Woolly Woundwort
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Woolly Woundwort
ative Photo: Prashant Awale
Common name: Woolly Woundwort
Botanical name: Stachys floccosa    Family: Lamiaceae (Mint family)

Woolly Woundwort os a perennial herb with stems erect 40-150 cm, sturdy, obtusely guadrangular, unbranched or with few branches, with a dense white woolly long hairs, leafy. Leaves are green above and white below, ovate to ovate-lanceshaped, 5-8 x 2.5-4.5 cm, heart-shaped, toothed, pointed, densely white woolly below. Leaves are decreasing in size up the stem and transform into floral leaves and bracts. Lower leaf-stalks are up to 4 cm, less above. Flowers are borne in many-flowered clusters on distant interrupted spikes. Bracts are ovate-lanceshaped, about 5 mm. Sepal cup greyish-green, about 9 mm long, not 2-lipped, densely hairy with long hairs, triangular-campanulate; teeth erect, equal, c. 3 mm, acuminate-spinulose; throat of tube rather densely vinous. Flowers are white, pink to pale purple, 1-1.2 cm; upper lip straight, silky; lower lip 3-lobed, longer than upper; tube curved slender. Stamens remain under the upper lip. Style is shortly 2-lobed. Nutlets brown, ovoid, c. 2 x 1.5 mm, apically rounded. Woolly Woundwort is found in the Himalayas, from Afghanistan, Pakistan to Kashmir, NW India. Flowering: June-September.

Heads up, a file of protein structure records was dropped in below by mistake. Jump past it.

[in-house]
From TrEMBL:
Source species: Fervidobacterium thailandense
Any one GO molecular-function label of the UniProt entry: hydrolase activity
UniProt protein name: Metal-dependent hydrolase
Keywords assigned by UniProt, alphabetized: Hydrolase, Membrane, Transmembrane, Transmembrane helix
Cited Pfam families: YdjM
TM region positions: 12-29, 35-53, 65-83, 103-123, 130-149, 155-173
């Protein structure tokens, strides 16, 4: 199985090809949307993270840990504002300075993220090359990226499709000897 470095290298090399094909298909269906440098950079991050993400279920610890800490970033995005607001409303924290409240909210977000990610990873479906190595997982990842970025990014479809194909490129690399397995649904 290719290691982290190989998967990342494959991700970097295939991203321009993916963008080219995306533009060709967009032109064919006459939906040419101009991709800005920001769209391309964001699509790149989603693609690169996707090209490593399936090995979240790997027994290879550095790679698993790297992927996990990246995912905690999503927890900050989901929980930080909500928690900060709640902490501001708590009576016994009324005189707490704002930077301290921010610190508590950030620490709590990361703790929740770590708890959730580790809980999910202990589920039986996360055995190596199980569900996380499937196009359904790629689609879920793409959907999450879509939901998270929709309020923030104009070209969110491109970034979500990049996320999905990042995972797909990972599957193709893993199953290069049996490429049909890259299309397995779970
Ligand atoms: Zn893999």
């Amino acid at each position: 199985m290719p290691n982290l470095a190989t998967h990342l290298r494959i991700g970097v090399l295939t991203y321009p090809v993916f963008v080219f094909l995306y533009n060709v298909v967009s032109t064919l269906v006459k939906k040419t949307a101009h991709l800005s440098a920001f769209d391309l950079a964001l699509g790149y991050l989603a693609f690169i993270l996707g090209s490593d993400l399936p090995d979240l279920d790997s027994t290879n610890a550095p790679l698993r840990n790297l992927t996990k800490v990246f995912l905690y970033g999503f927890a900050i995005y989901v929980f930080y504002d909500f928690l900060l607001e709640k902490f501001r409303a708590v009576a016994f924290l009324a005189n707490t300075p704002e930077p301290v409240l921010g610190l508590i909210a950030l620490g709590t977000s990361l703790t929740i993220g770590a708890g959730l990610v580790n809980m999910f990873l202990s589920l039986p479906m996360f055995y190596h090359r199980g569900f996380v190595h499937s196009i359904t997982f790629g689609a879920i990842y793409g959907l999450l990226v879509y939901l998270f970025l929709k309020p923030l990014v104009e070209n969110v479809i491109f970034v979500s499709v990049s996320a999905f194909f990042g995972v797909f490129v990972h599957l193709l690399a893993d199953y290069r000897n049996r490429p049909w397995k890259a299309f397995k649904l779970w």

Identification credit: Gurcharan Singh
Photographed at Shankaracharya Hill, Srinagar, Kashmir.
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